2,110 research outputs found

    Calibration Strategy and Efficiency measurement of the Muon Identification procedure at LHCb

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    We present a strategy for calibrating with data the LHCb muon identification procedure and for extracting in-situ the performance. Two main calibration samples are used: the inclusive Jψ→μμJ\psi \to \mu\mu decay as a source of muons and the λ(1115.7)→pπ\lambda(1115.7)\to p\pi decay as a source of hadrons decaying and non-decaying in flight. For each of them we describe the selection, the expected purity and the rates for different running scenarios. The distributions extracted from calibration samples are compared with those obtained from a generic b-inclusive sample. An estimate of the precision that can be reached in the evaluation of the muon identification efficiency and misidentification rate is given as a function of the collected statistics

    The effect of differential galactic winds on the chemical evolution of galaxies

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    (Abridged) The aim of this paper is to study the basic equations of the chemical evolution of galaxies with gas flows. We focus on models in which the outflow is differential, namely in which the heavy elements (or some of the heavy elements) can leave the parent galaxy more easily than other chemical species such as H and He. We study the chemical evolution of galaxies in the framework of simple models. This allows us to solve analytically the equations for the evolution of gas masses and metallicities. We find new analytical solutions for various cases in which the effects of winds and infall are taken into account. Differential galactic winds have the effect of reducing the global metallicity of a galaxy, with the amount of reduction increasing with the ejection efficiency of the metals. Abundance ratios are predicted to remain constant throughout the whole evolution of the galaxy, even in the presence of differential winds. One way to change them is by assuming differential winds with different ejection efficiencies for different elements. However, simple models apply only to elements produced on short timescales, namely all by Type II SNe, and therefore large differences in the ejection efficiencies of different metals are unlikely. Variations in abundance ratios such as [O/Fe] in galaxies, without including the Fe production by Type Ia supernovae, can in principle be obtained by assuming an unlikely different efficiency in the loss of O relative to Fe from Type II supernovae. Therefore, we conclude that it is not realistic to ignore Type Ia supernovae and that the delayed production of some chemical elements relative to others (time-delay model) remains the most plausible explanation for the evolution of alpha-elements relative to Fe.Comment: 11 pages, 10 figures, A&A accepte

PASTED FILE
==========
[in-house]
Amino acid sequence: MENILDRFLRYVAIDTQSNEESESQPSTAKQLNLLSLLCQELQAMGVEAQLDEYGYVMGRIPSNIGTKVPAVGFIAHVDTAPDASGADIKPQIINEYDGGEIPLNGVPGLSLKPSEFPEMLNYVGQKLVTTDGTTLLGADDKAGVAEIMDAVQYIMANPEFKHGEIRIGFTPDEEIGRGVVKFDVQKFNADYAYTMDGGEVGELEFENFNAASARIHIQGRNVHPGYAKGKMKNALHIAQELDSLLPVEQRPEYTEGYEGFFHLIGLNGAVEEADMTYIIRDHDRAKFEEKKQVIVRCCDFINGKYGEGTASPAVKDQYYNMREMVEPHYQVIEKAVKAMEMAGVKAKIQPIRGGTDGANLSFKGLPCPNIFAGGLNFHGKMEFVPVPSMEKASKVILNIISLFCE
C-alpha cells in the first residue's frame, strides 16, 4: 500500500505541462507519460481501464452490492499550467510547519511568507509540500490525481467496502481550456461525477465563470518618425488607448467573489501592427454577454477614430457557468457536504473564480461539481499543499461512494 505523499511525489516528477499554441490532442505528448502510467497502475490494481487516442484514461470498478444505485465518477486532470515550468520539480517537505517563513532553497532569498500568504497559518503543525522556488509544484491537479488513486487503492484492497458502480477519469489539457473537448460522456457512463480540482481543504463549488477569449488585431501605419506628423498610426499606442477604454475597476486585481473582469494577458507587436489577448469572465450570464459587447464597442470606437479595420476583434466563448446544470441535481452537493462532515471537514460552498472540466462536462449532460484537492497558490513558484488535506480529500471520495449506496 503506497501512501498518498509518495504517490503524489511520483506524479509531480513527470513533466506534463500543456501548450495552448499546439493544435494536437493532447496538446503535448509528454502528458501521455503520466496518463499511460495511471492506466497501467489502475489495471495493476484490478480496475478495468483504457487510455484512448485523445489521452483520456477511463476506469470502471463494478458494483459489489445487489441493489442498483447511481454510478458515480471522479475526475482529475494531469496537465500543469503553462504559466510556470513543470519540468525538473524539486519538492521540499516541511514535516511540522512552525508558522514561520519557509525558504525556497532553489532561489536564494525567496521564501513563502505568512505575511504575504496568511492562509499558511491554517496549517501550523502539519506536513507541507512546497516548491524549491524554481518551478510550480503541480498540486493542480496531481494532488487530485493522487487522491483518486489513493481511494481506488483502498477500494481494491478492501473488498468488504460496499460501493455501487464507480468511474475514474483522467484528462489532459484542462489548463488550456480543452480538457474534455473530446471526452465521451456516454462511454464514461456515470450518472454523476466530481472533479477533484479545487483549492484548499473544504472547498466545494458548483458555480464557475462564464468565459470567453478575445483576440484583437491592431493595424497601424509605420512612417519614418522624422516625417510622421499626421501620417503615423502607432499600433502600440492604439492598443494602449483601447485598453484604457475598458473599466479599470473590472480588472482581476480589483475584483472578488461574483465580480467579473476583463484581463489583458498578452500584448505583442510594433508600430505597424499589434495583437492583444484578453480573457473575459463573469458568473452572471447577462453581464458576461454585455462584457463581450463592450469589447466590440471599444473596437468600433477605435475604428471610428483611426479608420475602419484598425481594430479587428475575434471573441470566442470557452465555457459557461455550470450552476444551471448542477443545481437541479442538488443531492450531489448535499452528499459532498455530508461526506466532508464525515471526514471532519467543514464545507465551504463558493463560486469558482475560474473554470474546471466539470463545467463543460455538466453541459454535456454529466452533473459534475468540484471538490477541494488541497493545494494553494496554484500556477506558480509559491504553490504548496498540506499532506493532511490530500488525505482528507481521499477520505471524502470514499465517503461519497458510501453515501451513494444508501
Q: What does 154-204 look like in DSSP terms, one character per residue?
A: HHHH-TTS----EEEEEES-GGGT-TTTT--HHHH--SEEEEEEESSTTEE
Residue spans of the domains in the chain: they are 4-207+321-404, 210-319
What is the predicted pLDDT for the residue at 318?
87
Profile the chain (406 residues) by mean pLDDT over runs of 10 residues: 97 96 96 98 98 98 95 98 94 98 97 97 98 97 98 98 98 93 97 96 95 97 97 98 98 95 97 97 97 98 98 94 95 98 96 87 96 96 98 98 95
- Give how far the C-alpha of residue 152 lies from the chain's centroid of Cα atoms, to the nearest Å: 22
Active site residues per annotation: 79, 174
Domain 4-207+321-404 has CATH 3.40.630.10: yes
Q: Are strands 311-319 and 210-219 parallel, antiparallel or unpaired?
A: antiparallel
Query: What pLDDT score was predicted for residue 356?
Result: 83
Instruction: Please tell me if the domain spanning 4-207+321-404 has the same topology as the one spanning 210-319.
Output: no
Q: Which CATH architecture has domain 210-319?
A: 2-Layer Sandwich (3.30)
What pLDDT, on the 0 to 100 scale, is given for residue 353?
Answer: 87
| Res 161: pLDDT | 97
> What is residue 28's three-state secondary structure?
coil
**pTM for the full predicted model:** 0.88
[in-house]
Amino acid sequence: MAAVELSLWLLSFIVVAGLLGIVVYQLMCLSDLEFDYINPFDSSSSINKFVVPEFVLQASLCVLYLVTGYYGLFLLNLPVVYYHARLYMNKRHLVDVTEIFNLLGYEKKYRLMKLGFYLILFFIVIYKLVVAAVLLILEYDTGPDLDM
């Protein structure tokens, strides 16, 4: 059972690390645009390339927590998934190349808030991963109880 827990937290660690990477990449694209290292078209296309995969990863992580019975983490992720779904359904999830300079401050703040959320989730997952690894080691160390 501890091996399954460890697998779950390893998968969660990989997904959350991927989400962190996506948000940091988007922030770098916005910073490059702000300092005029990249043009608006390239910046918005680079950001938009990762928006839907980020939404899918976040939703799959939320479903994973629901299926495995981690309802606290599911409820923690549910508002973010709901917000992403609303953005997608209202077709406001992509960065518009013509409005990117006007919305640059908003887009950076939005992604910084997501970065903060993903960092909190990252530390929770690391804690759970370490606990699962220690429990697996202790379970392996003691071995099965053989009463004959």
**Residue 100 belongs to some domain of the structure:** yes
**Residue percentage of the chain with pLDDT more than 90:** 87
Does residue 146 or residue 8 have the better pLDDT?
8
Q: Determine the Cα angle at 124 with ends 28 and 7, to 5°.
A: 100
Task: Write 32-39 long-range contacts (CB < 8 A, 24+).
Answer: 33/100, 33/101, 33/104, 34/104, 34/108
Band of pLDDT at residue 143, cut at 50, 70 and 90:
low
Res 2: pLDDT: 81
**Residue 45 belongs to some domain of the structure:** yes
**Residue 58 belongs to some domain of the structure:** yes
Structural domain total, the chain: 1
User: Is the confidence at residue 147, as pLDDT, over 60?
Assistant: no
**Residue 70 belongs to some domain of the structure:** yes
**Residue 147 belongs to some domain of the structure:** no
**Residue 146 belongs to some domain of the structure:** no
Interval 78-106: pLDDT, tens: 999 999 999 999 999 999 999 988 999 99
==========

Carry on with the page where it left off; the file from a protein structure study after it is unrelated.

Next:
Manganese in dwarf spheroidal galaxies